RAM and Dance Group Celebrate Fet Gede Show in Miami | PICTURES
MIAMI — From permanent residence to Hotel Oloffson in Port-au-Prince, RAM has been a staple of the Haitian rasin cultural scene, at home and abroad, for decades. In 2019, the roots music group performed their last show in Haiti, then turned to virtual vacations during the pandemic. About a year ago, the band started performing in person in the United States.
This year, the group was delighted to celebrate Fet Gede — the holiday of Haiti feast in honor of the ancestors – he had been performing since the 1990s in person, back in Haiti. But in early October, said the group’s founder, Richard Augustine Morse, the group found itself setting up a new base in New Orleans.
“The generators and the amount of electricity provided by the government will not support rehearsals,” Morse said, in a phone interview from New Orleans. “That’s really why we had to go out.”
This last Saturday evening, RAM kicked off its annual gede celebrations at the Miami Beach Bandshell instead. With featured music from DJ Krazy Mix and an opening fixed by NSL Dance Togetherthe event drew hundreds, mostly Haitians.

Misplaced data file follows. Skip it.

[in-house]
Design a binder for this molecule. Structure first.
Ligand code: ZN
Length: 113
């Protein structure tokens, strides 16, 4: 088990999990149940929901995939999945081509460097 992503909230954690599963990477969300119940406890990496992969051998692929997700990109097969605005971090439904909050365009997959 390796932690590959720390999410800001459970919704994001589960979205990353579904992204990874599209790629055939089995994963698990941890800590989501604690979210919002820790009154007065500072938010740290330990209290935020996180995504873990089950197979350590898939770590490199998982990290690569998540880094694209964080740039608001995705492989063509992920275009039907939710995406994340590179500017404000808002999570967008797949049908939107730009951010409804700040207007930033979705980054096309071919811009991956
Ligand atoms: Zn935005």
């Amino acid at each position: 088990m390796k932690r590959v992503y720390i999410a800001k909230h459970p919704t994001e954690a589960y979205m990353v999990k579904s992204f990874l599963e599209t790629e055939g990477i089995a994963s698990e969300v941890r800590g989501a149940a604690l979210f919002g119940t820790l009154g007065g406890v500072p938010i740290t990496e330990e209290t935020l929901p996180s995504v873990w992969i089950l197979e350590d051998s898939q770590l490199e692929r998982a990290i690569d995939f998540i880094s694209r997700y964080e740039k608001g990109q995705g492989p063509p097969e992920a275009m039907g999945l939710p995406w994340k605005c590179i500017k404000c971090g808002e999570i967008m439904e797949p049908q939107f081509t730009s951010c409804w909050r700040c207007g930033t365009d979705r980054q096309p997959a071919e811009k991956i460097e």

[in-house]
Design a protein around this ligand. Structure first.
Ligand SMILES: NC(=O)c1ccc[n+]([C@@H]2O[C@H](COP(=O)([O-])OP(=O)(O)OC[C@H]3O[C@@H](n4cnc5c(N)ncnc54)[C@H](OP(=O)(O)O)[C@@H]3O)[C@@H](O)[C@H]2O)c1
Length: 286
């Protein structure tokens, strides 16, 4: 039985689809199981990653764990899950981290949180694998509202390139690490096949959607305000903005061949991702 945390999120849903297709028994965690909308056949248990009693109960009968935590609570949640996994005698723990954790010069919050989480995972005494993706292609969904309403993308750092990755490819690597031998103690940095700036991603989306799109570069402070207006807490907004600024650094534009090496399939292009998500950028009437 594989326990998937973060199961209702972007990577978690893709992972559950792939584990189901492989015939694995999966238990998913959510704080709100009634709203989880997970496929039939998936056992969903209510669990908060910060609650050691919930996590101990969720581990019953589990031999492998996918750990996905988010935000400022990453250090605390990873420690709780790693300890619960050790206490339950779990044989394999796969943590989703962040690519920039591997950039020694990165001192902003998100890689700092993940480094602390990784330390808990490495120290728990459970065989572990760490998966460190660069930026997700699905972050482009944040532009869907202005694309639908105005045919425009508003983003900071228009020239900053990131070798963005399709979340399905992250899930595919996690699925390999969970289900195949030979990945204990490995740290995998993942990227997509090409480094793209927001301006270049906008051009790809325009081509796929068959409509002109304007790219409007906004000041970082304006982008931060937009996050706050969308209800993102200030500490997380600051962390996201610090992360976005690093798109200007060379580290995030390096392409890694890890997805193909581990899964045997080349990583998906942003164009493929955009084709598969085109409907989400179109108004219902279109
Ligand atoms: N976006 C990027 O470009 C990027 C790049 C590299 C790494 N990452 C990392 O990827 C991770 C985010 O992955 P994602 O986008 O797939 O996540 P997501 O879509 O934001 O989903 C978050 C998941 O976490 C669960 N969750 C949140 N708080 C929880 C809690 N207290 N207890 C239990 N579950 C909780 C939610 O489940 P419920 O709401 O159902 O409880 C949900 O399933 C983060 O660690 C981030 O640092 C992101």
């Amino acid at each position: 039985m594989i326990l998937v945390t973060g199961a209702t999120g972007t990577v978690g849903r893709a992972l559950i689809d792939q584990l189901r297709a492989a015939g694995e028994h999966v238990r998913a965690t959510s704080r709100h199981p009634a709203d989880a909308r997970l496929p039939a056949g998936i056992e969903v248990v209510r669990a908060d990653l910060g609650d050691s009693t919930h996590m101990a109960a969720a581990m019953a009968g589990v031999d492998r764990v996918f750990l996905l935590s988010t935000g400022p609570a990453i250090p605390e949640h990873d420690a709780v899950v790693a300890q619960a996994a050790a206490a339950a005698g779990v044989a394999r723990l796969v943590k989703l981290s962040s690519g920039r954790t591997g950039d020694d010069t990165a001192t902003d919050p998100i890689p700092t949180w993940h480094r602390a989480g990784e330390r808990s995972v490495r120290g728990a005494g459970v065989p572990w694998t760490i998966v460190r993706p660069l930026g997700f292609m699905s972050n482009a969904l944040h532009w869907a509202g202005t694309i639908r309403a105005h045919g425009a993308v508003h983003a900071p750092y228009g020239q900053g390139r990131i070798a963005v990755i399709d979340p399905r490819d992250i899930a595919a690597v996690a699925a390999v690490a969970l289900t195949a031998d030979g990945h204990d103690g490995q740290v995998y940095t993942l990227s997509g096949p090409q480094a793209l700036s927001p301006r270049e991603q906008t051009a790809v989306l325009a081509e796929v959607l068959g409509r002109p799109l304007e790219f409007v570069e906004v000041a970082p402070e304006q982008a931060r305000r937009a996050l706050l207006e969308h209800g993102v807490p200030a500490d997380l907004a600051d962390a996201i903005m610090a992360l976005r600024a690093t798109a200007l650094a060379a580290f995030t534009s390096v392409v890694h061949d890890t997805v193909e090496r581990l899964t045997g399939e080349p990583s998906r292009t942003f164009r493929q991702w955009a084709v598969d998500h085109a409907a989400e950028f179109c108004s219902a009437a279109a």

Morse, 66, said they were looking forward to performing in Haiti for the first time since the pandemic, but with the country blockages, the five shows scheduled for Haiti in November have been canceled. Even if the band could have managed to get together to practice at the Oloffson, which Morse has managed all these years, there wouldn’t be enough gas for rehearsals.
These daily challenges have an impact.
“[In Haiti] People are hurting, people are getting killed, journalists are getting killed,” Morse said. “You don’t hear about all of them, guess it’s worse than you think. I try to focus on music just because it’s important to people.
Morse, who grew up in Connecticut with an American mother and a Haitian father, said RAM’s performances — consisting mostly of traditional songs — serve as a bridge for people who might not otherwise have access to the ceremonies.
“People who don’t have access to the ceremonies can have access to the chants and can get to know each other and the meaning of the chants,” he said. “The songs reflect modern times, so that gives them their strength, their ability to adapt to new situations.”
“The best part is when it feels like new again,” he added.
Alongside Morse are his wife Lunise, the band’s lead singer, their daughter Isabelle and their eldest son William, who plays guitar in the 11-member band.
Although not in their original base, it may be different now, Morse said, the group’s purpose and the enjoyment it brings to audiences remains the same.
“People go there and laugh, at Gede they swear, it’s sexual, they talk about sex parts so it’s funny,” Morse said. “Cultural identity is important. As the world blends in, it’s good to know where your roots are.